Member Profile: Luke Furness

5 min read
7 Feb 2023

This profile is part of the "People of Giving What We Can" series.

We recently spoke with Luke Furness, an Australian lawyer who started his effective giving journey after picking up a book during COVID lockdowns. He also was the previous CEO of Out for Australia, a national LGBTI+ student mentoring non-profit, and currently volunteers at his local community kitchen.


Tell us about yourself. What keeps you busy and what makes you tick?

Day-to-day, I'm a lawyer at a major Australian law firm. I love dancing (hip hop please), bird watching, having friends round for dinner, and reading books (particularly moral philosophy).

I drifted into law on autopilot because I got the grades in school, because I was good at debating, and because it seemed prestigious and secure. It turns out I really like it (the intellectual challenge, the strategy, and working with some super smart people), but I only discovered that much later.

I've kind of always been a joiner and wanted to do "extracurriculars". I had leadership roles in quite a few university societies and so was keen to contribute in my working life too. I also kind of stumbled into Out for Australia, an Australian nonprofit, too. I found them before LGBTI inclusion initiatives had really taken off and was keen to see more of them in my own home town of Brisbane, Australia. I was attracted to the idea of supporting LGBTI students transition into the workplace because I wasn't out when I first started at my law firm. I started as the Queensland director and then got the chance to apply for the CEO position which was my first leadership position in a non-profit and something I'm really proud of.

Tell us about your effective giving journey.

It all started in COVID when it felt like the world was falling apart and I did a lot of thinking about what there was to live for. I stumbled into a bookstore on the Sunshine Coast and picked up a book on a whim - Hugh Mackay's The Good Life. The bookshop owner said "you'll enjoy that," and I did. It was the first book that showed me that a good life is a life lived for others and I've been looking at ways to make an impact ever since. The book taught me a few things:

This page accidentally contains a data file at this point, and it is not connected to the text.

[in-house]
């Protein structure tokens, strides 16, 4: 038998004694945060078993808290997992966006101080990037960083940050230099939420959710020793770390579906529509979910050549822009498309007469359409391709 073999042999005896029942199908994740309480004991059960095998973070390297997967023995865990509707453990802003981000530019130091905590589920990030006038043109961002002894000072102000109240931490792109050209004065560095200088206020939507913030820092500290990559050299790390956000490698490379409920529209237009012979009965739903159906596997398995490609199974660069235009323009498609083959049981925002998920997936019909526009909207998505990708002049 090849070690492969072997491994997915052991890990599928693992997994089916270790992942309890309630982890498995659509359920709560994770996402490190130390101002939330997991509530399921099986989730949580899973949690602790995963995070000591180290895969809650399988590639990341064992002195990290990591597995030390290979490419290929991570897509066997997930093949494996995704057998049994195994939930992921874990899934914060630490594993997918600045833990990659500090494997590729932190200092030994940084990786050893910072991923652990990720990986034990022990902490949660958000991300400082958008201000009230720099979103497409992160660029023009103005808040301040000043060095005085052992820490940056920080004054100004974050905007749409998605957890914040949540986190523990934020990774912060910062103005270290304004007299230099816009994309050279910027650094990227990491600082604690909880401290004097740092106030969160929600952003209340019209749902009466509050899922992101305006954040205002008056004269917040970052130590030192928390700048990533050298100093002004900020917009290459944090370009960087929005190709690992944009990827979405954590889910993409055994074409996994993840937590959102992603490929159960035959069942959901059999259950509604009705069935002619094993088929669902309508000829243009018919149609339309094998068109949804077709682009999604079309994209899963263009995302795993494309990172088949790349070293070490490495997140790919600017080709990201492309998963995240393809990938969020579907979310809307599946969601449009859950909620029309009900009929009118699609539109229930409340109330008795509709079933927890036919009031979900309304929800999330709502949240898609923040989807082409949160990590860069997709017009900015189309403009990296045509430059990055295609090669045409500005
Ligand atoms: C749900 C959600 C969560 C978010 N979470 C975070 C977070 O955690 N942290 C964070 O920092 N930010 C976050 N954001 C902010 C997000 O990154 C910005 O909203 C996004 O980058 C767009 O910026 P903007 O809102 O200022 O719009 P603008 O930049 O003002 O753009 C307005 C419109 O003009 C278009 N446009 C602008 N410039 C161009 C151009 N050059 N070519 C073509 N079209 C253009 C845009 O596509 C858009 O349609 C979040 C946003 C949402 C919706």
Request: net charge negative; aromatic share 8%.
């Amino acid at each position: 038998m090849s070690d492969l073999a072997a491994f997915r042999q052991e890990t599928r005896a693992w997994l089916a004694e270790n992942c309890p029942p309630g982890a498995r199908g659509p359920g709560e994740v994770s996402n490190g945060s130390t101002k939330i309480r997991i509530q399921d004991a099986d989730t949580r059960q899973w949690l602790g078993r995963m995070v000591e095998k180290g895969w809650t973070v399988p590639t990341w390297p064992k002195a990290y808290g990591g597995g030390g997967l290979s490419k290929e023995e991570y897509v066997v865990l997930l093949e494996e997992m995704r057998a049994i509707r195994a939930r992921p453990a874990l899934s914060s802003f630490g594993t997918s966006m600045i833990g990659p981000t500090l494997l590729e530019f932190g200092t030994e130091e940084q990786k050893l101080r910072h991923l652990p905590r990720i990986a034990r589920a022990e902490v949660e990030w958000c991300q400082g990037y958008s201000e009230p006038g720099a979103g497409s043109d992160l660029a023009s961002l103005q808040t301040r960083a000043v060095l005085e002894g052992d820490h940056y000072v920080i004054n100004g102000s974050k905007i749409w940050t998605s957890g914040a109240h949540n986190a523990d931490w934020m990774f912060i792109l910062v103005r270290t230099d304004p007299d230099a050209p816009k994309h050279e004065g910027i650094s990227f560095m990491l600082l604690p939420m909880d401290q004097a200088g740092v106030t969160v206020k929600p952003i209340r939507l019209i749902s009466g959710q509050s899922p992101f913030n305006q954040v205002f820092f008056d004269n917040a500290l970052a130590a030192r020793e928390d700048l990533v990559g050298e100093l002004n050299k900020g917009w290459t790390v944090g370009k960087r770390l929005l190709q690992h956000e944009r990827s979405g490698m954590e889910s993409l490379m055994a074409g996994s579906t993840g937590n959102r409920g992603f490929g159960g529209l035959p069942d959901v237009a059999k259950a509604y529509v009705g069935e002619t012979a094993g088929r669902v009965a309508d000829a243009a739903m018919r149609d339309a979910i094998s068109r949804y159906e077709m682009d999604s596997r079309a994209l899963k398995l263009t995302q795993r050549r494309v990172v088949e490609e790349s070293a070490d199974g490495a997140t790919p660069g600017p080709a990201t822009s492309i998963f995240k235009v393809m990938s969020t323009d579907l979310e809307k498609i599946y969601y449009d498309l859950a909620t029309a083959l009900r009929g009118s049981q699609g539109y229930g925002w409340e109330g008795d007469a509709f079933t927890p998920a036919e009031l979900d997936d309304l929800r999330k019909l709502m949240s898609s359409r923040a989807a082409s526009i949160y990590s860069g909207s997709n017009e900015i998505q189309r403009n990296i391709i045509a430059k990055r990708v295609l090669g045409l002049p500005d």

First, that happiness is a fleeting emotion. While happiness is a great thing, having your own, personal happiness as a life goal seems difficult and unfulfilling. Second, that living a good life must mean a life lived for others, even if you don't know them or even particularly like them. Third, that most people discover that way too late in life and spend too much time barking up a succession of wrong trees. Why not start right now?

Why do you give?

I think I was sold by the logic of effective altruism. It seemed right that if I can give up a little to prevent a lot of suffering, then I probably should. I also thought that it was a bit of a cop out to expect the billionaires to do all the giving. There are many of us living comfortable, middle-class lives in western countries, but that have some resources to spare.